Cash saving ideas (Part 1)

May 18, 2011 § Leave a comment

I asked this question to a range of entrepreneurial Scottish businesses – these are some of the answers. Thanks to all the contributors.

Brian Hughes Halferty – Kiltr.com

  • Try to negotiate fixed monthly prices for legal and accounting fees, they can easily catch you by surprise and always get a second quote at the very least
  • If you’re at the seed stage and people like your idea, try to negotiate a sweat equity deal over the long-term

 

Hugh Ilyine, DestiNA Genomics

  • Finding and working with really effective service suppliers       
  • Support from Scottish Enterprise through their Business Support service for High Growth Start-Ups

 

 Donald Cameron – EQSN

  • Good sales qualification.
  •  Webex to demonstrate and prequalify opportunities

 

Alexander Cole – Peekabu Studios

  • Judicious use of the right software can save you a bundle, especially on starting finances. Get some advice, definitely, but you’ll be surprised how much of your financial projections you already know.
  •  Never work for free – doing speculative work can be a huge drain on time and cost you big time in lost work if it goes sour. If it’s worth it to a client or investor to see some real work on the table, then it’s worth being paid for.

 

Billy Stenhouse – Baguette Express

  • Make suppliers phone you.
  •  Check you are getting the best rates from your bank and never accept they give you the best terms, be prepared to change.

 

Richard Burton – Hoodeasy.com

Ways to improve chances of funding success (Part 2)

May 3, 2011 § Leave a comment

I asked this question to a range of entrepreneurial Scottish businesses – these are some of the answers. Thanks to all the contributors.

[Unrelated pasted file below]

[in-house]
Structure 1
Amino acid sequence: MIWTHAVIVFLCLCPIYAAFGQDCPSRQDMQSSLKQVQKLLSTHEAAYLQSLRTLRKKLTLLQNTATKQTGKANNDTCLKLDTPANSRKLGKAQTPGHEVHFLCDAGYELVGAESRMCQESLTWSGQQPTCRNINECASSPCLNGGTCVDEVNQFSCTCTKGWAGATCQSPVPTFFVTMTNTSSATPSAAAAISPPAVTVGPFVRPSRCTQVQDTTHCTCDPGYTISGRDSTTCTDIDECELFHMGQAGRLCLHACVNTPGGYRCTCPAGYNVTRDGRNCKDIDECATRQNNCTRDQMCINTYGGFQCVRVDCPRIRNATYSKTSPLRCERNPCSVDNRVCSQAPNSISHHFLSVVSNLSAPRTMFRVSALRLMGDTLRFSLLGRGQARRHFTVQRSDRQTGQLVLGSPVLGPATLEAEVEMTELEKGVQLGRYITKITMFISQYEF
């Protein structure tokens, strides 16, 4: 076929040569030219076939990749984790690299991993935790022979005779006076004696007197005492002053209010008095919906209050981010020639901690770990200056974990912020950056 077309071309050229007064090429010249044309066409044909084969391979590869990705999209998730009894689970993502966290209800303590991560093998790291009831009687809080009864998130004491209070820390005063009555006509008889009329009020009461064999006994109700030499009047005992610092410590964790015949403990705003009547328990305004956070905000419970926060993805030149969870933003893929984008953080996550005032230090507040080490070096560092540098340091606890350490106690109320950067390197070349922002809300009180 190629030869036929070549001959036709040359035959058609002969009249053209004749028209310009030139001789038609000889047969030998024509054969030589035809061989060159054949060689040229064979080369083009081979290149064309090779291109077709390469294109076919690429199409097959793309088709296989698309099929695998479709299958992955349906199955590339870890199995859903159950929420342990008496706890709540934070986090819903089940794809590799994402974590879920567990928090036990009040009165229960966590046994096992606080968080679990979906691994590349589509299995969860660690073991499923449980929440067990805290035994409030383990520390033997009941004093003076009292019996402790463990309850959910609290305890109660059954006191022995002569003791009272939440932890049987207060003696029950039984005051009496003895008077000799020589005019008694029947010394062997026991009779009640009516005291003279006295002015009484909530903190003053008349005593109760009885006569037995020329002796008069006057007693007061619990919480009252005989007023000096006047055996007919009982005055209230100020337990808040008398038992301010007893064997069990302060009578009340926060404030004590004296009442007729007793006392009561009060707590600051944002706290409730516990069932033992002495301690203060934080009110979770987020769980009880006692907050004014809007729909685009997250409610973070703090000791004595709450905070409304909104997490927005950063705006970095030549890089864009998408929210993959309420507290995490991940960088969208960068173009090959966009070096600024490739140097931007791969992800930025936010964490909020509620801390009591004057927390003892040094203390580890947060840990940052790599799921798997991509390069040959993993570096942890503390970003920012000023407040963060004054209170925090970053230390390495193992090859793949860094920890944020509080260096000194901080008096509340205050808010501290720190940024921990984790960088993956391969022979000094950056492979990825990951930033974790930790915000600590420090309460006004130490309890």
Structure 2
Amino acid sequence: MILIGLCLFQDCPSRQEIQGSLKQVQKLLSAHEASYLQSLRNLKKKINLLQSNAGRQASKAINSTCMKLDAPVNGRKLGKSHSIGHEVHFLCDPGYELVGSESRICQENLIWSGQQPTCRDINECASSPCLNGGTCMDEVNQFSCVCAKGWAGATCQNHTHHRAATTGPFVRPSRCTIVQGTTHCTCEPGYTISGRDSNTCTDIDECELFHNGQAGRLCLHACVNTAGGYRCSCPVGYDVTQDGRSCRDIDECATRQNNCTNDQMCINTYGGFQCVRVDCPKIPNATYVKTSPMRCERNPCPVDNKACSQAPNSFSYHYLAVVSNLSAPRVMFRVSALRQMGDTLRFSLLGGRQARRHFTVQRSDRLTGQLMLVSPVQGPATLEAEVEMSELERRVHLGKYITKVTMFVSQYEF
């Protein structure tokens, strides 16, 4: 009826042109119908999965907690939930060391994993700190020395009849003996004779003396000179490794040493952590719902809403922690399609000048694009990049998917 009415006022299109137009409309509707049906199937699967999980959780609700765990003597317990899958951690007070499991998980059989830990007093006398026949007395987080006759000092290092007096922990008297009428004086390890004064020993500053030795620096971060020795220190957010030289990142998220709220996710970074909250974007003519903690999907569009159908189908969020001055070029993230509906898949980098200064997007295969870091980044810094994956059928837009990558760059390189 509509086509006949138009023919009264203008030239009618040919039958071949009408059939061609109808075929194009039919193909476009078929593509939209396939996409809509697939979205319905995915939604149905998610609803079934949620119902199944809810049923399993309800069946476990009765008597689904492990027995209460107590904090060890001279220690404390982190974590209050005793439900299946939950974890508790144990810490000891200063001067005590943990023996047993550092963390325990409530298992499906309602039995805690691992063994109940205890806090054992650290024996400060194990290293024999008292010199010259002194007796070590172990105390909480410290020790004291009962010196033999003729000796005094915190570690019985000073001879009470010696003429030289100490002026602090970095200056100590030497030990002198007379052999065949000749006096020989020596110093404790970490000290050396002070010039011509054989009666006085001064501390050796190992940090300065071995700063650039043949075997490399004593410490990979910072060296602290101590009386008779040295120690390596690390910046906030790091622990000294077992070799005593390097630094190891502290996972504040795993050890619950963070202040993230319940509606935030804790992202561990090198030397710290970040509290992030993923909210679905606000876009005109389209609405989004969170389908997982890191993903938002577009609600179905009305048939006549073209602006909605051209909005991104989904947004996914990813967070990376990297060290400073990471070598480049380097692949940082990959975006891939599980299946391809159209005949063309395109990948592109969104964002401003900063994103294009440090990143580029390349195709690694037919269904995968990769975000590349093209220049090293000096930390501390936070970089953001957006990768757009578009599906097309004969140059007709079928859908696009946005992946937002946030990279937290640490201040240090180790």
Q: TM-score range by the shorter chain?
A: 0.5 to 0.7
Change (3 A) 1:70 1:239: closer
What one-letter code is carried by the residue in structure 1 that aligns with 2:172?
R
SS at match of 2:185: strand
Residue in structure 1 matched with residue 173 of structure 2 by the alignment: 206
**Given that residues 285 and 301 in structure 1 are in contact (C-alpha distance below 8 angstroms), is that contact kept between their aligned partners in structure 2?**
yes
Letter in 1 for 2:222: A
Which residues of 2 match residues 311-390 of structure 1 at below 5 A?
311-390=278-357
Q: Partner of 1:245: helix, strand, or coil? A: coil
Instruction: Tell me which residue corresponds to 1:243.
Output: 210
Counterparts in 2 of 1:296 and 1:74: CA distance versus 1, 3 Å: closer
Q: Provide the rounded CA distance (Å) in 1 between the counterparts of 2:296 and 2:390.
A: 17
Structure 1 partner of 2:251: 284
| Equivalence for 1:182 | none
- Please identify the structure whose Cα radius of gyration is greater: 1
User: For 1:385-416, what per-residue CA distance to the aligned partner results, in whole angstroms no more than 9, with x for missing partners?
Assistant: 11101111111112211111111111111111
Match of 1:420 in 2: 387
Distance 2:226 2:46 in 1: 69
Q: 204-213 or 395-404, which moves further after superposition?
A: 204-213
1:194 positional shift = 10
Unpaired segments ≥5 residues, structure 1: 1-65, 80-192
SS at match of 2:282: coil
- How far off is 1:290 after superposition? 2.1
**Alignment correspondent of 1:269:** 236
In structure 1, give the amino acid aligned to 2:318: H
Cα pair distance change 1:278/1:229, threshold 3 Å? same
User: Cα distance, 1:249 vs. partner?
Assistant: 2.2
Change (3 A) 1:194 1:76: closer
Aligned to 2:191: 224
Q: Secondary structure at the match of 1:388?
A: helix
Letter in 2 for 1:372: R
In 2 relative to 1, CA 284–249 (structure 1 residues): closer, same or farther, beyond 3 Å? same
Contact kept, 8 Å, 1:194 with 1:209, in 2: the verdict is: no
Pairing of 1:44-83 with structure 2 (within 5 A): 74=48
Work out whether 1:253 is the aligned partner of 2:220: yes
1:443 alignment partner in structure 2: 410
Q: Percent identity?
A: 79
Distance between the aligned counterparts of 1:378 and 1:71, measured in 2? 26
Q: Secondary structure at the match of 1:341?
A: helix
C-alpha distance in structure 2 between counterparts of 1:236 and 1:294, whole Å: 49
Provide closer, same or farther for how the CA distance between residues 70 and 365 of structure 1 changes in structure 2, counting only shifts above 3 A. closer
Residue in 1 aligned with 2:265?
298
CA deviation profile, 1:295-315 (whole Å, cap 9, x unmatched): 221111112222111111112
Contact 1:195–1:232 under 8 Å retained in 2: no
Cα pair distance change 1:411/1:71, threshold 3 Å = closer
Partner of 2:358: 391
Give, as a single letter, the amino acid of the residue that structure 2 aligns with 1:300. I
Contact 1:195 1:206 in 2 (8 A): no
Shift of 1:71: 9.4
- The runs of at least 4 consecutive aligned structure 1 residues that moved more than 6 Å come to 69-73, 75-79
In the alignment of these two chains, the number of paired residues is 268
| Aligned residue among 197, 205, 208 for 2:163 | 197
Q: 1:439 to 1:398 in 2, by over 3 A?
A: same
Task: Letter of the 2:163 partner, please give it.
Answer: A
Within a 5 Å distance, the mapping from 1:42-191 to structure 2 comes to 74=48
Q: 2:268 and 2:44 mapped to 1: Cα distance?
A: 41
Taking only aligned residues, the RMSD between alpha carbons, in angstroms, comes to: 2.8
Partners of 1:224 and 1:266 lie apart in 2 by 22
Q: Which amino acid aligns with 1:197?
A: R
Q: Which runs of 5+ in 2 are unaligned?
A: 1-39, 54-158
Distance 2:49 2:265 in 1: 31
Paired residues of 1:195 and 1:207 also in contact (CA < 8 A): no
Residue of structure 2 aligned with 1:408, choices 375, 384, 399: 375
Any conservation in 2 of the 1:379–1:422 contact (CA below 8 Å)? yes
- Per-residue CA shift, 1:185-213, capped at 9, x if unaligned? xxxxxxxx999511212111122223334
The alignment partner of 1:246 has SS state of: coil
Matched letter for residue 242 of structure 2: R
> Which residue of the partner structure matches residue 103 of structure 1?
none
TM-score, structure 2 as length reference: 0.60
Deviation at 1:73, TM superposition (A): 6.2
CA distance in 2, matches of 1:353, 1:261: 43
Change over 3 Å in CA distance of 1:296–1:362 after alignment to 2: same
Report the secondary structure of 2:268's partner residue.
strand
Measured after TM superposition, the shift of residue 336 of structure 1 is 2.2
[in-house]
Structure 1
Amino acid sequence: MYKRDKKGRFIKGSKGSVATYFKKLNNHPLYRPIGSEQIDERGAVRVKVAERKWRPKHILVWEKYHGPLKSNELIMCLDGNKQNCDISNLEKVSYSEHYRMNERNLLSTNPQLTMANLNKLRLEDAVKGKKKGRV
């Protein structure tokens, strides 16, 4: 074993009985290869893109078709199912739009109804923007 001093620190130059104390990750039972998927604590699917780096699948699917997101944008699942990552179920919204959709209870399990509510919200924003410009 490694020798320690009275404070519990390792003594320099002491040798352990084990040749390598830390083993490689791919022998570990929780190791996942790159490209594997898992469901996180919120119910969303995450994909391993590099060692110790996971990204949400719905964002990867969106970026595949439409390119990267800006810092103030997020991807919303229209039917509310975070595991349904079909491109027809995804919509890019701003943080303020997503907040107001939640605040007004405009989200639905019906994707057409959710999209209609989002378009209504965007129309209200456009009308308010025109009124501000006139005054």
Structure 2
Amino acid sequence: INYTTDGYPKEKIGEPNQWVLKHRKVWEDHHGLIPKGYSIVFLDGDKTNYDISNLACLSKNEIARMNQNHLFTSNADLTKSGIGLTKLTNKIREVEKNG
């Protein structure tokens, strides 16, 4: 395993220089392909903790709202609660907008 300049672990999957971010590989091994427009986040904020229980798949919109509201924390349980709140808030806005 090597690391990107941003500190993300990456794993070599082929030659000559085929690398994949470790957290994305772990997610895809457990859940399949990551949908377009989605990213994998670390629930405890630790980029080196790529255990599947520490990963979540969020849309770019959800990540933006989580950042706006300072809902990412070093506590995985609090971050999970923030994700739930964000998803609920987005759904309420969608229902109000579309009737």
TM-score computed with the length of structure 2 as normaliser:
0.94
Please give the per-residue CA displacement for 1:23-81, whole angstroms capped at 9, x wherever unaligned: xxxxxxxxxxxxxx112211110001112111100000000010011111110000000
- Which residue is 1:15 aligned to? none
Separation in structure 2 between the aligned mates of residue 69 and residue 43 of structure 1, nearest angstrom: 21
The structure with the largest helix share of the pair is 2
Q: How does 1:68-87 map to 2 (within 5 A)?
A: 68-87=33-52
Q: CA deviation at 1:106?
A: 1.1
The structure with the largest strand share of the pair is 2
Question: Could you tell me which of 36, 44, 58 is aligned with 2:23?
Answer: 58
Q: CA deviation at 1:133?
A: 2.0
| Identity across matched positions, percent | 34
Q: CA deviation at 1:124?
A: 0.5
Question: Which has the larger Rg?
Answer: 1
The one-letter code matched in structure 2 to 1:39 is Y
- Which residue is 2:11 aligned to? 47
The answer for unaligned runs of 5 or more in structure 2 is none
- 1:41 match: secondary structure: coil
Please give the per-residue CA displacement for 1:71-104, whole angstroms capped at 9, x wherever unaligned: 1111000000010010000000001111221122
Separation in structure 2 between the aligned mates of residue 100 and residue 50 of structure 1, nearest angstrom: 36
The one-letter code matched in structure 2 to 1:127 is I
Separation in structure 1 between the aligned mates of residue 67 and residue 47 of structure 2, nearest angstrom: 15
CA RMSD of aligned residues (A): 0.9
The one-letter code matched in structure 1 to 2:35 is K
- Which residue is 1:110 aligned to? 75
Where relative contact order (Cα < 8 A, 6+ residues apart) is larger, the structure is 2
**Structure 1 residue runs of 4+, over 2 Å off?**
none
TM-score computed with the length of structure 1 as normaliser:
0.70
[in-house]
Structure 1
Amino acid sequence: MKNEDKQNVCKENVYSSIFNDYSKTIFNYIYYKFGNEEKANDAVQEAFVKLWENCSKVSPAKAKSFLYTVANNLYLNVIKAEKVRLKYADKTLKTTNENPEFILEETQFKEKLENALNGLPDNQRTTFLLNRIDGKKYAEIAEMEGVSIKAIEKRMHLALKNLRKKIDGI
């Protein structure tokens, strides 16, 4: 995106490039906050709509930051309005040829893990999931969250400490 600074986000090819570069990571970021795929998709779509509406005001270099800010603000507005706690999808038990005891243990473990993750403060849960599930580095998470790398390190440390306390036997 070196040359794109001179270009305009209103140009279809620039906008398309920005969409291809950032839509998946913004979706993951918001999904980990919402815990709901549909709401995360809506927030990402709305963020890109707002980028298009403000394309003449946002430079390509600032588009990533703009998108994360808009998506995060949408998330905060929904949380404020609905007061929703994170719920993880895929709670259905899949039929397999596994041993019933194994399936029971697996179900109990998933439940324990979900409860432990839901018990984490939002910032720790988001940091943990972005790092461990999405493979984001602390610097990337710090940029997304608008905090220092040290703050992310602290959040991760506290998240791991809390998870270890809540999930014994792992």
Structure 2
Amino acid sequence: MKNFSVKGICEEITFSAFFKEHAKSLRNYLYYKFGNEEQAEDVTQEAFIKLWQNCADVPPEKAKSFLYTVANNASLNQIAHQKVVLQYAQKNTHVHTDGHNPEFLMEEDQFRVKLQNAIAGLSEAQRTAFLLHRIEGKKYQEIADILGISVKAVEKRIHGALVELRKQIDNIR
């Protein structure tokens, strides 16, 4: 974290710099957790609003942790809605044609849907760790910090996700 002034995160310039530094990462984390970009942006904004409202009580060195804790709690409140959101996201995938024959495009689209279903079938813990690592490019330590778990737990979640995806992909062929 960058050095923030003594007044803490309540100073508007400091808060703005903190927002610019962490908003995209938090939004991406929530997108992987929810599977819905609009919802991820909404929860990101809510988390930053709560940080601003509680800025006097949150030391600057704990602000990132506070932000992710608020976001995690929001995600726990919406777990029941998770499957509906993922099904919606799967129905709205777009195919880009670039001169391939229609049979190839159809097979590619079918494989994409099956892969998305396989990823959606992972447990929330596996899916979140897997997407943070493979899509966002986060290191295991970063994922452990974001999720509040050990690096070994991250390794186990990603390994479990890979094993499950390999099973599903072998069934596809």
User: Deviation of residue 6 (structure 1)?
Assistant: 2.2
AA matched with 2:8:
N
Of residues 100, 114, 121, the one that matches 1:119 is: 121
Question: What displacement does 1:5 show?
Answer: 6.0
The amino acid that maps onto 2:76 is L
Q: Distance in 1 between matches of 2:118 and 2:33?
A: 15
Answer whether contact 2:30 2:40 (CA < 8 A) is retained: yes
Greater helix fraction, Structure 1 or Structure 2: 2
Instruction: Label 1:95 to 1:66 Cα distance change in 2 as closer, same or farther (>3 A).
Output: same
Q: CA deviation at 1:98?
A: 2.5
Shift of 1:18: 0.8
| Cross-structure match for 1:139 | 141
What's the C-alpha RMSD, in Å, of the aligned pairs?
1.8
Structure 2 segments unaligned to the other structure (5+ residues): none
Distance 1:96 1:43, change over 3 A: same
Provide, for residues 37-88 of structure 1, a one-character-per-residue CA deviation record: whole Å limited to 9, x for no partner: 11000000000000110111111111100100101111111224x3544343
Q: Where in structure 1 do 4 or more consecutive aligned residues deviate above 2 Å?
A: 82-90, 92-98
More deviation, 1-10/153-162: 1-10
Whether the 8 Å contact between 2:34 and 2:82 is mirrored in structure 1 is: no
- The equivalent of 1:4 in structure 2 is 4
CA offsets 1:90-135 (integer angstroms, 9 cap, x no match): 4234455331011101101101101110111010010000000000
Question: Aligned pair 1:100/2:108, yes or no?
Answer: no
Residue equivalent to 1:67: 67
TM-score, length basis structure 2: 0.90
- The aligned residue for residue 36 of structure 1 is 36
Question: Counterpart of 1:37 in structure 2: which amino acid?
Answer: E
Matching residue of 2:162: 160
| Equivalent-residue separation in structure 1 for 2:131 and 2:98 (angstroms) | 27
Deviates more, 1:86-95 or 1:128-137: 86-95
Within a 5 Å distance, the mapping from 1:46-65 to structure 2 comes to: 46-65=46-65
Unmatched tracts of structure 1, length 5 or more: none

Becky Woodhouse, PURE Spa

  • Cash is king so make sure that your cash flow forecasts are up to date and as accurate as they can be – this will also ensure that you can forecast any potential shortfalls and take action before they grow into a problem
  •  Don’t take no for an answer!  If you are confident in your proposal, don’t give up, and seek out feedback if you have been unsuccessful so you can identify the areas you need to improve to make your proposal a success

 

Ben Panter, Blackford Analysis

  • Understand the customer and end-user
  •  Appreciate that these might be different people

 

Carol-Ann Searles, Carlyle Associates

  • Research and road test funding proposition before approaching funders to try to get a right first time approach
  •  Use your network as funding may come from unexpected sources

 

Dr Tim Willis, CEO & Founder, Flexpansion

  • Answer the questions as fully as possible on forms for public funding especially – back up your statements as much as possible with external sources, market research etc.
  •  A bit obvious, but do as much preparation as you can for pitches.
  • Practice as many times as possible and be prepared for as many questions as you can.  If you don’t know, just say so as it validates the answers you are able to give.  And make a note to find out the missing answers.

 

Alex McAndrew, Spinsight

  • Sell something, anything!

 

Colin Gilchrist, Digital Face

  • Get on Linkedin and look for Equity Partners – consider their background and whether they are a natural fit – don’t approach just anyone with cash
  •  When pitching you have 10minutes to get their buy-in, practice, practice, practice – if you have slides limit it to 10 – if you don’t have them by then it will be a huge uphill struggle. 

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